Award type: AAOGF/SMFM Scholar
Title: Unknown, PTD and Microbiome as Biomarkers
Site of Research: University of Pennsylvania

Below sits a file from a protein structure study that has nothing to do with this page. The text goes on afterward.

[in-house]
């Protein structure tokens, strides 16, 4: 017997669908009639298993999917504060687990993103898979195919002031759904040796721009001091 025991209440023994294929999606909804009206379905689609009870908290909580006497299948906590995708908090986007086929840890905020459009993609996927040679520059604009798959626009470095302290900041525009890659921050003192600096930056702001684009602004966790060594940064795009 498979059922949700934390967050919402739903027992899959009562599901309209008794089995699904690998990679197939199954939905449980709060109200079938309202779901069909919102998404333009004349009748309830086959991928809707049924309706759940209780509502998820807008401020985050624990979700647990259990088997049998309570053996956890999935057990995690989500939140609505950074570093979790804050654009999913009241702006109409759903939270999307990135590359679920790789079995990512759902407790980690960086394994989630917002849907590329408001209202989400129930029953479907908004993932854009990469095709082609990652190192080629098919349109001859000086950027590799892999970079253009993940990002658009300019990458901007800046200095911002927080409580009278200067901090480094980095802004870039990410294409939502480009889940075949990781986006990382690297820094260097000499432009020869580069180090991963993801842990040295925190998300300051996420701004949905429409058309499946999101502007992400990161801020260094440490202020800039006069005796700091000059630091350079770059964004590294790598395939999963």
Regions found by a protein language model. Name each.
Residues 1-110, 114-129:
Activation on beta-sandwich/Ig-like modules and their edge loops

Sequelae of prematurity remain the leading cause of neonatal morbidity and mortality worldwide. Despite efforts to reveal underlying etiologies of spontaneous preterm birth, major knowledge gaps persist. Newer data support the concept that premature cervical remodeling may function as an initiator of early parturition. Yet, what triggers premature cervical remodeling remains unknown. Recent studies have demonstrated strong associations between non-optimal cervicovaginal microbiota and spontaneous preterm birth. It is hypothesized that cervicovaginal microbiota can trigger cervical remodeling. Providing a potential mechanism for these observed associations, microbial supernatants from some of the same bacterial taxa found to be associated with spontaneous preterm birth in the human cohort can induce cervicovaginal epithelial disruption. In other biologic systems, microbial metabolites serve as the key regulators of epithelial and mucosal compromise. A recent study from our institution revealed that cervicovaginal metabolomic output among women with high-risk microbiota can distinguish those who have spontaneous preterm birth versus term birth. No studies to date have examined mechanisms through which microbial metabolites in the cervicovaginal space may trigger or protect against spontaneous preterm birth. We propose to elucidate microbiome-metabolome interactions governing cervicovaginal epithelial disruption and premature cervical remodeling through in vitro and in vivo metabolomic experimental approaches. Select microbial metabolites may not only serve as more accurate predictive biomarkers for spontaneous preterm birth, but also carry potential as therapeutics in restoring or maintaining cervicovaginal health in pregnancy, thereby blocking the cascade of events that lead to aberrant cervical remodeling and spontaneous preterm birth.